By Keely Savoie
Students, colleagues, and mentors, and friends broke into loud cheers as Professor Vincent “Vinnie” Ferraro entered Gamble Auditorium on April 11. They were there to mark his retirement after 40 years as a beloved faculty member at Mount Holyoke College.
Ferraro, the Ruth Lawson Professor of Politics is an institution unto himself at the College. In addition to founding the international relations Department and teaching countless classes, Ferraro advised thousands of students.
A panel of speakers arranged in Ferraro’s honor comprised eminent political minds: Former dean of faculty Joseph Ellis, who is the Ford Foundation professor emeritus of history; Anthony Lake, former Five College professor of international relations and now executive director of UNICEF; and Professor of Economics Eva Paus, director of the McCulloch Center for Global Initiatives.
In 1981, Ferraro and Lake pitched the idea of establishing the nation’s first undergraduate major in International relations to then dean of faculty Ellis.
Ellis cut the meeting short, ushering Ferraro and Lake out the door. Not because he had dismissed the idea, he said, but rather he had been sold on it and was so impressed by the young faculty members’ vision that he wanted them to return to their work as quickly as possible.
Ultimately, the field of study became its own interdisciplinary department, where colleagues from politics, history, economics, and other fields contributed their own expertise in service of better understanding international relations.
Ellis and Ferraro cotaught a class on post-Cold War American foreign policy for more than two decades. Affectionately known as the “Vinnie and Joe Show,” the class asked a simple question: what are the guiding principles of American foreign policy after the Cold War?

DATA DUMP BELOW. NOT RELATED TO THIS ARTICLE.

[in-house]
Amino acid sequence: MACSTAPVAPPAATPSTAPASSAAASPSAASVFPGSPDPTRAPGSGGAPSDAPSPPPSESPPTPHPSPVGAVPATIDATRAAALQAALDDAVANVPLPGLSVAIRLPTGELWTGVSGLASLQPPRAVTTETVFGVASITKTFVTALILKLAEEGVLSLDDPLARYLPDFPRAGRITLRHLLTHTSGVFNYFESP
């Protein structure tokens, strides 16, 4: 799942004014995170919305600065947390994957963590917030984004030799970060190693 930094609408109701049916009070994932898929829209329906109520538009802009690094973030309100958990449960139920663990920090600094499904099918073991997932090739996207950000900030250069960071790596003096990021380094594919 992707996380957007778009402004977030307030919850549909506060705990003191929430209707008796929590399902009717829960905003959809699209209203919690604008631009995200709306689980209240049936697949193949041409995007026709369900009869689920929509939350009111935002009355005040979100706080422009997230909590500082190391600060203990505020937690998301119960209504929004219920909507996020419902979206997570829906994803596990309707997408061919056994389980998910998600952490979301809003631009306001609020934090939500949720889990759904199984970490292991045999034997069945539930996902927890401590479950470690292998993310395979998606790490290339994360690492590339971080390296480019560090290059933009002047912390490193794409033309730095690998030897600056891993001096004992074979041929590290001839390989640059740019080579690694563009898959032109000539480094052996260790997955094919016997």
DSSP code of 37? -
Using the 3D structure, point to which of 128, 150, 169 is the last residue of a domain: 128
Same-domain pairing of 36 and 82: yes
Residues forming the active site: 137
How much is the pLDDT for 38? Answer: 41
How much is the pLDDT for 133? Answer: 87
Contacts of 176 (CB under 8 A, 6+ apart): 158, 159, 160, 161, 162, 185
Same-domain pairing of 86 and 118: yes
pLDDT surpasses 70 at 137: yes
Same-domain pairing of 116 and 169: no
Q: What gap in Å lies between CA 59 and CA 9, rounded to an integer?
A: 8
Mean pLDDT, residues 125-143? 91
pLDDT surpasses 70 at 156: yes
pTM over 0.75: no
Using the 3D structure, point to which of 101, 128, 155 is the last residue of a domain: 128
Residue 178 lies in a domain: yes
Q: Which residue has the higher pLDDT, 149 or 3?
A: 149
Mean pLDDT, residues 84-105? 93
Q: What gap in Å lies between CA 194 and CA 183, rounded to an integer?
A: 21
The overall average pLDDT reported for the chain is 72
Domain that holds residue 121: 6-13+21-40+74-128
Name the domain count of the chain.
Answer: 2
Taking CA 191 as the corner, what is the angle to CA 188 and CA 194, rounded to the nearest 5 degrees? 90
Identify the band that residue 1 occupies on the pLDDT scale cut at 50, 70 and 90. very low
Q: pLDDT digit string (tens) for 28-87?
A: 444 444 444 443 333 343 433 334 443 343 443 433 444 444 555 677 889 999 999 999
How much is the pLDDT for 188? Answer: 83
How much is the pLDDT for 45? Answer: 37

“We argued and debated that for 21 years, and I am sad to tell you that no one still has an answer to that question,” said Ellis at the event. “There may be other classes on foreign policy where students leave with a cleaner set of notes. But I don’t think there was any course in American foreign policy in this country that would engage a student in the arguments and seminal controversies of American foreign policy more actively.”
Lake, who described Ferraro as “one of the worst fantasy baseball players ever,” said Ferraro also served as a role model and a guide. “Vinnie taught me how to teach. He was a model faculty member,” he said. “He was not only my mentor, he was my hero. And he was my friend.”
Ferraro also received the student-choice “Love Your Lyon” award for best storyteller on campus.
“This man knows how to tell a good story,” said Courtney Brunson ’16, as she presented the award to Ferraro along with with a large bouquet of flowers. “He has made the lives of men and women from the past come alive for all of us.”
Ferraro himself took the stage to thank his colleagues, friends, students, and his wife for their contributions to his career.
“I am very sad to leave the company of my colleagues and the exhilaration of the classroom,” he said. “It is time, however, to move on and to let the curriculum be invigorated by new faculty. Change is a necessary constant for the health of both individuals and institutions.”
He received a raucous standing ovation.
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